OLED Display Based On Optical Metasurfaces

A team of scientists describes a new OLED display that can pack in 10,000 pixels per inch with room to scale. In comparison, today’s smartphone and VR displays are less than 1,000 pixels per inch. The new display was born from a breakthrough in solar cells, where the scientists used optical metasurfaces — these are surfaces with built-in nanoscale structures to control a material’s properties—to manipulate light. The same approach could be useful in organic light-emitting diode (OLED) displays too.

Currently, there are two ways to make an OLED display. For small screens like smartphones, the pixels are split into subpixels that emit red, green, or blue light. These are laid down by spraying dots of each material through a fine mesh. But the method has limitations both in how small the subpixels (and therefore pixels) can be and how large the display can go. If the mesh is too big, it has a tendency to sag.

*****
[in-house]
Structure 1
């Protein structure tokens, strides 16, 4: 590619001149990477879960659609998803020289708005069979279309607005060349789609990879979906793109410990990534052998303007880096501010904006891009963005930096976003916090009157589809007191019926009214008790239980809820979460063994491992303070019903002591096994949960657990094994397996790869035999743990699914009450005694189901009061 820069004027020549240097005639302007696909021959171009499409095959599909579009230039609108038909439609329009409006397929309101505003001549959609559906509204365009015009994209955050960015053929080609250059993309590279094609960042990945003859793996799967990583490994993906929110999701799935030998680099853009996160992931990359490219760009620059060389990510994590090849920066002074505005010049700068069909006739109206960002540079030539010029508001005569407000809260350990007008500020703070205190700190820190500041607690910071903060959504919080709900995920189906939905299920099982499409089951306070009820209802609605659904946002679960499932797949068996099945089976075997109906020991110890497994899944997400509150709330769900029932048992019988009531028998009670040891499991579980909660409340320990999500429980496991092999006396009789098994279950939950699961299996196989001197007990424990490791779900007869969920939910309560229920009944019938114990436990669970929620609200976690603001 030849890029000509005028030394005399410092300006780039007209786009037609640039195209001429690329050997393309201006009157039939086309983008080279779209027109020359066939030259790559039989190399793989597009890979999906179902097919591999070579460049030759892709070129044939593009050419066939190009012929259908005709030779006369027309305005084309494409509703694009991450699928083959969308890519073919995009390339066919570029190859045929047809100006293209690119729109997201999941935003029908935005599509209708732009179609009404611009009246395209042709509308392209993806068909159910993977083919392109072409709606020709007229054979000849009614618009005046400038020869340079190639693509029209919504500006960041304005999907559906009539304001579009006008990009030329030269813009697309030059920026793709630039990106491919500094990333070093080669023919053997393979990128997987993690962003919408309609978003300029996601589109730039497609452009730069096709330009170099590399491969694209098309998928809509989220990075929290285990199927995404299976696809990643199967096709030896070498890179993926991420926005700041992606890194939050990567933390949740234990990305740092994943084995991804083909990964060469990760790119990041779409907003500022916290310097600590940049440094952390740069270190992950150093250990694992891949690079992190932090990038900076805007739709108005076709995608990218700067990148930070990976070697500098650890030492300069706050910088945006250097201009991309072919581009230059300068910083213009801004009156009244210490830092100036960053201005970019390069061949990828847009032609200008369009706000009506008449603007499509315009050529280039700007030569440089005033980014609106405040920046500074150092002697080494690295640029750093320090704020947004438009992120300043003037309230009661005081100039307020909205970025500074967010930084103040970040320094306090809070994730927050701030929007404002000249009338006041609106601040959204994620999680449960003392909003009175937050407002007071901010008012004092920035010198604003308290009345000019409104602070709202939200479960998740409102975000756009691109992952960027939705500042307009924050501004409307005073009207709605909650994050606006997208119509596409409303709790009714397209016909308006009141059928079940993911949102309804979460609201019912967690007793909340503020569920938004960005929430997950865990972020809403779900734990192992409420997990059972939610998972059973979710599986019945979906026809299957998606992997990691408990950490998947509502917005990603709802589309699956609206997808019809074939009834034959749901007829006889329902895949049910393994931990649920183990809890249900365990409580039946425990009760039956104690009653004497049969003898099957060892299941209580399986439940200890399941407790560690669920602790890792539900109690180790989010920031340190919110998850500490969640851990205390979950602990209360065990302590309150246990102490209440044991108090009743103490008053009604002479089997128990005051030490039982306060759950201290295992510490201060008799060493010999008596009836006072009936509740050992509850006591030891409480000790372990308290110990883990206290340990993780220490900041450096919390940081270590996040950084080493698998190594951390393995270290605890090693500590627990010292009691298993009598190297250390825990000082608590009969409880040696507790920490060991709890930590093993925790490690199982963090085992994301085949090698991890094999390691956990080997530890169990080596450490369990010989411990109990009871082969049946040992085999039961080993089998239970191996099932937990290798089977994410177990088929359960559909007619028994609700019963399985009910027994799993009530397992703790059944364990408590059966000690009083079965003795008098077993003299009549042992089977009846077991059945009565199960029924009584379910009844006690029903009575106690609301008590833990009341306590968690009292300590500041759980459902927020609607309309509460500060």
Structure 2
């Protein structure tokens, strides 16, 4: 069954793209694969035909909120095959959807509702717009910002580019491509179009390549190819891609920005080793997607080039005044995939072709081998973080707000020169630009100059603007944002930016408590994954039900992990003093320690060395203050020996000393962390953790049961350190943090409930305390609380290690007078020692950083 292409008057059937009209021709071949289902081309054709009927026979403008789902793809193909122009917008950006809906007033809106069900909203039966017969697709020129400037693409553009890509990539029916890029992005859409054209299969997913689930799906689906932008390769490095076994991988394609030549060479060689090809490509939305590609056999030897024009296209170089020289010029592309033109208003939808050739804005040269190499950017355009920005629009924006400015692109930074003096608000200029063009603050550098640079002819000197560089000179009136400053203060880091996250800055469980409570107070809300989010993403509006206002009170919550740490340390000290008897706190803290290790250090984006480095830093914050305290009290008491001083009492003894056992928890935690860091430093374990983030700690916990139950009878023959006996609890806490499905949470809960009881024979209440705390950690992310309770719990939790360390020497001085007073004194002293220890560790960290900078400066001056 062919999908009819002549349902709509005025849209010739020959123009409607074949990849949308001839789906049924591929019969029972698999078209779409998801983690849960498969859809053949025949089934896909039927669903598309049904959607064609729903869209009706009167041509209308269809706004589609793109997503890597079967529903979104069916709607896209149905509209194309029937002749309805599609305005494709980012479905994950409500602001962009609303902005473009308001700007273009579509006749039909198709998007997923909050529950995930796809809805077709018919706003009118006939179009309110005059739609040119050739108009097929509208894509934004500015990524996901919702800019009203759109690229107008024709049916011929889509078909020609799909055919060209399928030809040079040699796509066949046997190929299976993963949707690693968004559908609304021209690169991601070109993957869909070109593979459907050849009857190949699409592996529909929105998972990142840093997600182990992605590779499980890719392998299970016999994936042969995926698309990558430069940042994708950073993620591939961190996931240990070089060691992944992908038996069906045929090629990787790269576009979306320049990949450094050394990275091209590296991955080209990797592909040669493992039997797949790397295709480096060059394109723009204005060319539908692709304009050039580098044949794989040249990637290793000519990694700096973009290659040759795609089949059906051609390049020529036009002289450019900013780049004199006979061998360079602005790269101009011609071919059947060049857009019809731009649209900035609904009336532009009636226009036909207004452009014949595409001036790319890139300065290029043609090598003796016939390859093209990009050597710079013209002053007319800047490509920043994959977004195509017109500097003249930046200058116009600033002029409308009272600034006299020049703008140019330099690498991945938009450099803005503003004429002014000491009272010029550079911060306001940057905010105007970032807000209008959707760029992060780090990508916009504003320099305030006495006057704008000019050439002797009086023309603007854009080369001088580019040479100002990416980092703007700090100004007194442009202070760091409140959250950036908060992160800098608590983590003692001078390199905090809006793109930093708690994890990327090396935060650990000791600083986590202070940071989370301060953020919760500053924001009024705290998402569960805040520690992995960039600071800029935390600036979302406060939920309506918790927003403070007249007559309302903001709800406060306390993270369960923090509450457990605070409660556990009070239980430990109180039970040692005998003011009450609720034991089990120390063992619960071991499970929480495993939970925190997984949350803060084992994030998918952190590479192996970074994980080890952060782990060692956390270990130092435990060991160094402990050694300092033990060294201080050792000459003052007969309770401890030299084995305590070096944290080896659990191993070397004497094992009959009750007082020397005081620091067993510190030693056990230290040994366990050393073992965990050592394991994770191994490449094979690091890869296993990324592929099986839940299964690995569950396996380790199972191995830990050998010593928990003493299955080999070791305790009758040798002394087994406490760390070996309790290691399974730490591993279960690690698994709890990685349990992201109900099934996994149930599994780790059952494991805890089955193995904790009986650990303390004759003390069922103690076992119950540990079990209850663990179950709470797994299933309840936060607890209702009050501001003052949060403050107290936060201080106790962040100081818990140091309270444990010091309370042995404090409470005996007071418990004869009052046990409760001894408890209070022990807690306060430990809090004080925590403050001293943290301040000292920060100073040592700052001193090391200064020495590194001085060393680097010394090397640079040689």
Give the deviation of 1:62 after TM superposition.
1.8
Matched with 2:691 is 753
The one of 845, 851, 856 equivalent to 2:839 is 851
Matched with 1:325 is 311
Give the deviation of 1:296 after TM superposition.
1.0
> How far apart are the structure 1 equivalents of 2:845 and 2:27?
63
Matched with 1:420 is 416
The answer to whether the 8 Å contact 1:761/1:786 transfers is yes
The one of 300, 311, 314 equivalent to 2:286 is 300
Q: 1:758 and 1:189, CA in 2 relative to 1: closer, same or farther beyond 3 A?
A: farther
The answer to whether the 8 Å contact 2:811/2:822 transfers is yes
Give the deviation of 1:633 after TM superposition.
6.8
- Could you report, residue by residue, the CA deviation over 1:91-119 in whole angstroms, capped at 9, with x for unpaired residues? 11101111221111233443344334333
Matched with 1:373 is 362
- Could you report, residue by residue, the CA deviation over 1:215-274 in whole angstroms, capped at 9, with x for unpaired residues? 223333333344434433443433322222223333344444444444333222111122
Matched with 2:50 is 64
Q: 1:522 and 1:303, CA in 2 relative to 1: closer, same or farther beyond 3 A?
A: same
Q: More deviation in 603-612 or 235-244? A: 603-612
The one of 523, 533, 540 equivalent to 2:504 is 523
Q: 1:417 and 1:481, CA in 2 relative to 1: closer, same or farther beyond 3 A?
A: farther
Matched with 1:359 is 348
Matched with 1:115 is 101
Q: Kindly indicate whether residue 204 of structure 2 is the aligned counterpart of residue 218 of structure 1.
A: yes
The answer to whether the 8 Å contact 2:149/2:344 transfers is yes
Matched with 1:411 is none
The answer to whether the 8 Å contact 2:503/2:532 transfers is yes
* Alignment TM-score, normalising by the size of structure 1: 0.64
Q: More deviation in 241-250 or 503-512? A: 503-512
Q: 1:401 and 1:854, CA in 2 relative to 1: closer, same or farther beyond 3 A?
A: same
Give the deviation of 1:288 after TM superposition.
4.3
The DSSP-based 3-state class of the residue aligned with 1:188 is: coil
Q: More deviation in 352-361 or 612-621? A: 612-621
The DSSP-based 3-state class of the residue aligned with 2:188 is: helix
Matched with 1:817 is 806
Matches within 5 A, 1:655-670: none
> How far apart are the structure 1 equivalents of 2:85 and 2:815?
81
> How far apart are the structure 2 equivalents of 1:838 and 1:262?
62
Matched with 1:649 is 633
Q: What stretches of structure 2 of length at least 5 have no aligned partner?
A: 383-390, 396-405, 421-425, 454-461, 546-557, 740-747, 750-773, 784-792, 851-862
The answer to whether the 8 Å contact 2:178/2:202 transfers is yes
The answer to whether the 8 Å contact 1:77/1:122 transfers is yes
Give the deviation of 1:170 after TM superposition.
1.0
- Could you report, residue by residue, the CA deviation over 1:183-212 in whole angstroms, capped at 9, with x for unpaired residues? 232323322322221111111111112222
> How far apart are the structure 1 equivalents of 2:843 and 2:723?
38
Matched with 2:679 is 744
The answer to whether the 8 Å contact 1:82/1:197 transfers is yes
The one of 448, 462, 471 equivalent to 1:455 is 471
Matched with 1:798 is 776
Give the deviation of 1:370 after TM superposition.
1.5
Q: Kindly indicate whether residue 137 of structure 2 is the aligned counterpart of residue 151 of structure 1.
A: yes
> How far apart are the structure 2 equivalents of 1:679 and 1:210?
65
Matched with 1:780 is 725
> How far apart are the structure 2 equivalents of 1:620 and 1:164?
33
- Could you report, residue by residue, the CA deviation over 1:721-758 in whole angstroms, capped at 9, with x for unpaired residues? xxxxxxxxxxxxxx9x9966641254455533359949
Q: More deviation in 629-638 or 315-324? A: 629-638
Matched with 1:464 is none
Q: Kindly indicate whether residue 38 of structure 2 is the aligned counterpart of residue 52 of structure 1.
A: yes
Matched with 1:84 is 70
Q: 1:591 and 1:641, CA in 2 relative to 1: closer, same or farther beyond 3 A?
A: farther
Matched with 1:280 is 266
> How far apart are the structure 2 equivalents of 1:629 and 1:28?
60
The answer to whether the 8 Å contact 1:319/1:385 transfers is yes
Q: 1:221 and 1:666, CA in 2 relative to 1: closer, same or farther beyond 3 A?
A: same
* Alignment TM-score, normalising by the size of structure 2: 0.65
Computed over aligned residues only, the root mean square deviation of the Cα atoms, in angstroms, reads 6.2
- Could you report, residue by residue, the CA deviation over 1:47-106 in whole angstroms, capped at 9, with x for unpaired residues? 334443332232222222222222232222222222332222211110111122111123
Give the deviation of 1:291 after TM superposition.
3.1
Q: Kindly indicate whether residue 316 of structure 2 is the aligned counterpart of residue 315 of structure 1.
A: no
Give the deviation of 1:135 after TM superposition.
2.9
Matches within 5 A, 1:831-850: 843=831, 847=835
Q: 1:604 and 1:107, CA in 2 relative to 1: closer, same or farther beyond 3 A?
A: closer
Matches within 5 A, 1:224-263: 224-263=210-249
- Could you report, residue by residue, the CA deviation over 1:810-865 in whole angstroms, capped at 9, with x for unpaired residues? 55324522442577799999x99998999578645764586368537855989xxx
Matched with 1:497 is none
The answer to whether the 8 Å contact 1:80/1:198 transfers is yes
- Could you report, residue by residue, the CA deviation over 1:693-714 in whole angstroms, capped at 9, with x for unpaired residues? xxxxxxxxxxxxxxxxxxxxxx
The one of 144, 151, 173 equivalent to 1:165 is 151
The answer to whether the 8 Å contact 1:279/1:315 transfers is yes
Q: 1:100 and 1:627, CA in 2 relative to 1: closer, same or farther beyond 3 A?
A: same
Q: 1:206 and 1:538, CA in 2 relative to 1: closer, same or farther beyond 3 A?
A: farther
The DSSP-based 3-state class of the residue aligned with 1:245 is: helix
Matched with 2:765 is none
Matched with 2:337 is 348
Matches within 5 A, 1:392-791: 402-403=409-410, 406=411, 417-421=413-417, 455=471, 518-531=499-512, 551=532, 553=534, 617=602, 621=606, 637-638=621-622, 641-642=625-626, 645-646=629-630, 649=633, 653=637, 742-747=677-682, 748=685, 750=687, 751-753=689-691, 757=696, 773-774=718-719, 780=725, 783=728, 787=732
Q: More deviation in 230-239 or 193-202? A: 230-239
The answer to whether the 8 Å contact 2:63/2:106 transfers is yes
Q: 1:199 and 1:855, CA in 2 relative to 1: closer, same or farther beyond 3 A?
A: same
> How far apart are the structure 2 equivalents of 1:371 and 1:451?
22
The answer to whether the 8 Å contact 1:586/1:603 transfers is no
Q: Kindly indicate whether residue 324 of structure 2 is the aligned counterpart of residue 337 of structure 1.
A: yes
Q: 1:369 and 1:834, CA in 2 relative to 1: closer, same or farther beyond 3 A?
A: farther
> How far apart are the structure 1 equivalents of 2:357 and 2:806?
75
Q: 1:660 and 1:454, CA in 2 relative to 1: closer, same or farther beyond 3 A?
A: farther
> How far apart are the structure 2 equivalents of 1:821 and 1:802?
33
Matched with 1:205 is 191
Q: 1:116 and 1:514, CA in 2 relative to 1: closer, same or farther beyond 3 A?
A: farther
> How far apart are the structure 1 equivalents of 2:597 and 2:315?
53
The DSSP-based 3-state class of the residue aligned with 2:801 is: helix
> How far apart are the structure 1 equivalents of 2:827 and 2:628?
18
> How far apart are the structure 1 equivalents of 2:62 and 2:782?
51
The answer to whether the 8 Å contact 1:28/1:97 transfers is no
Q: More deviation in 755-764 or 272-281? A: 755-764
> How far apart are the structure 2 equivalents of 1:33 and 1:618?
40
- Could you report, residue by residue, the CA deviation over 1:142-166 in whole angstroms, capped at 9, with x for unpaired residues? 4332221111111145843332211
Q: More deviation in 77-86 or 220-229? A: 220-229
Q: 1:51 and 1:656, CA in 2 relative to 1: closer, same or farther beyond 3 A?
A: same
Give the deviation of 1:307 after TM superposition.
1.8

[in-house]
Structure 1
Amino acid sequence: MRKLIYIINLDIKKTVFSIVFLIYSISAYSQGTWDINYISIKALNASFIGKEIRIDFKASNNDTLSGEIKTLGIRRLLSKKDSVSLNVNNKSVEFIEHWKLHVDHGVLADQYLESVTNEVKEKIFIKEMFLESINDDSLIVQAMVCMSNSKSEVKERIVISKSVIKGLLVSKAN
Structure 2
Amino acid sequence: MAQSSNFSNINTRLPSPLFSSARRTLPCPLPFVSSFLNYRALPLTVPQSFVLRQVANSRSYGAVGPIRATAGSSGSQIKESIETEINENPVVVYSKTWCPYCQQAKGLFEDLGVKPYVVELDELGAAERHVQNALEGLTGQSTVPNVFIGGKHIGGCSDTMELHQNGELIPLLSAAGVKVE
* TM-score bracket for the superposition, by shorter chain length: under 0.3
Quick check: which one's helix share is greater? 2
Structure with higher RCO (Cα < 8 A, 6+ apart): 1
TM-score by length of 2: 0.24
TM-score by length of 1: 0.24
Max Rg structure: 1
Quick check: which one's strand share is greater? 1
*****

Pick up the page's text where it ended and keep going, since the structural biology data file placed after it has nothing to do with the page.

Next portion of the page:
As the pixels are no longer shaded by filters—and due to a curious property of the optical metasurface that allows light to build up and resonate, a bit like sound in a musical instrument—the OLED display color is very pure and achieves greater brightness with less power.

Read more